Protesters walk out on speaker

While Monday’s Martin Luther King Jr. Commemorative Breakfast, which was held in the SBI presentation center was widely considered a success, some students left the event disappointed and disgusted with the University’s choice in guest speakers.

“We’re upset about the audacity of [President Gainous] to invite Gov. Bush to such a prestigious event,” Jehiel Oliver said in reference to the breakfast.

Oliver, 21, and twenty other FAMU students protested the invitation of Gov. Jeb Bush to the breakfast. Student protesters passed out fliers that expressed their displeasure with Bush’s ideology compared to King’s.

The fliers illustrated some of King’s stances on issues concerning blacks and examples of Gov. Bush’s opposition to those beliefs.

Among the grievances covered by the flier were Bush’s legislative resistance to affirmative action and a quote he gave in1994 in which he said he would “probably do nothing” to help black Floridians.

After the fliers were circulated to the attendees at the breakfast, the students left the program in protest.

Oliver, an economics and business student from Cleveland, said more students would have protested if Gov. Bush’s invitation had been more publicized

He believed there was a lack of publicity because of the University’s fear of possible student backlash.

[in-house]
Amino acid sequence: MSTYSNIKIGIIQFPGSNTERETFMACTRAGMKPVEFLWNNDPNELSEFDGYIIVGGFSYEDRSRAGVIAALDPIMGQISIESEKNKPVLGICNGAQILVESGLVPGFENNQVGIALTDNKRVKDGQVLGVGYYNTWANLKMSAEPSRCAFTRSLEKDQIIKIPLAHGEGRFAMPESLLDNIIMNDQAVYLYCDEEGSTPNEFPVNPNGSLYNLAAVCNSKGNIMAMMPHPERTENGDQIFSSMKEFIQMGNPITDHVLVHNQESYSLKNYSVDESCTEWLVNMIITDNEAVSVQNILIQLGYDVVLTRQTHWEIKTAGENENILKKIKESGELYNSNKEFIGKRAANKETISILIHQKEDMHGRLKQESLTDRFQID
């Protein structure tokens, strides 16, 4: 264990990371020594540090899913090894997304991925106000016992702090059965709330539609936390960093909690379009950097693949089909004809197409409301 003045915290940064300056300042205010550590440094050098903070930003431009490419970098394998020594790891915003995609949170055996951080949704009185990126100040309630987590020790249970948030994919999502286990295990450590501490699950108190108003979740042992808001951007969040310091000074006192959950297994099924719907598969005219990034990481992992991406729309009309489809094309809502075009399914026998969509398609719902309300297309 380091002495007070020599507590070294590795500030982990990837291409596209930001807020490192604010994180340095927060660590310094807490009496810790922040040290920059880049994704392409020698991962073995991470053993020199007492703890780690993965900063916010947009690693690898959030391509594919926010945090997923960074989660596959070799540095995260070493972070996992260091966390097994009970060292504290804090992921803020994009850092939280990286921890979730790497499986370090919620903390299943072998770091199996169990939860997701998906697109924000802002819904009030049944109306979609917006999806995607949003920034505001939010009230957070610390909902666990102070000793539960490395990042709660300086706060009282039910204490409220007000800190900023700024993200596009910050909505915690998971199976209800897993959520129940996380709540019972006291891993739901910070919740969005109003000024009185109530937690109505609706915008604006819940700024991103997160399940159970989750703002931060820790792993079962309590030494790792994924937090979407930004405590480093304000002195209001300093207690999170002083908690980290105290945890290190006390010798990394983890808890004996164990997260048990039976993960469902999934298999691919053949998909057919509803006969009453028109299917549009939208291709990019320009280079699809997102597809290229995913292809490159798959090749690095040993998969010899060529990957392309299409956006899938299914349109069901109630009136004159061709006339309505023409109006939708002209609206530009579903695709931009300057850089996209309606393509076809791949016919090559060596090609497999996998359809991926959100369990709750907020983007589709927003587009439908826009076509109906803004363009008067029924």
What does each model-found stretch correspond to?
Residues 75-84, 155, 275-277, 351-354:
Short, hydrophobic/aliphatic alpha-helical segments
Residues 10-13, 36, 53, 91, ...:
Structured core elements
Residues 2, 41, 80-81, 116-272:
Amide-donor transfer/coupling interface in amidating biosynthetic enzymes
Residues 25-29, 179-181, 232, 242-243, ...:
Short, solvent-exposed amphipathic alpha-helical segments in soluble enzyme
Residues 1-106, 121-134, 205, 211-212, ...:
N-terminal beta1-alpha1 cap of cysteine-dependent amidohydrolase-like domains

News of the protest appeared on BET Nightly News and the Associated Press wire service.

SGA President Larry O. Rivers said having Gov. Bush at the event was an opportunity to build a positive relationship with him. Rivers, who was seen balling up some of the fliers, called attention to the $ 30 million Public Education Capital Outlay contract Bush approved for the University, which helped fund construction projects.

“Gov. Bush is responsible for signing every check the University receives,” Rivers said.

Rivers said, although students may oppose Bush’s belief, “We (FAMU) are not opposed to getting large amounts of money from legislatures and government.”

The SGA has made several attempts to invite Gov. Bush to the University for an academic forum where students would be able to ask the governor questions. His office has repeatedly refused the invitations.

Love Collins, vice president for development, said the University recognizes the freedom of expression and appreciates different views. According to Collins, this was the reason why Bush was invited to speak.

“Capturing a multicultural blend of all citizens of the United States is a commitment that the University upholds,” Collins said.

Both Rivers and Collins commended the students for handling themselves with dignity and class.

“[The students’ behavior] is reflective of the caliber, sharpness, brightness, and professional courtesy our students would show to anyone,” Collins said.

“We are not where we want to be, but the only way to get there is by stepping forward.”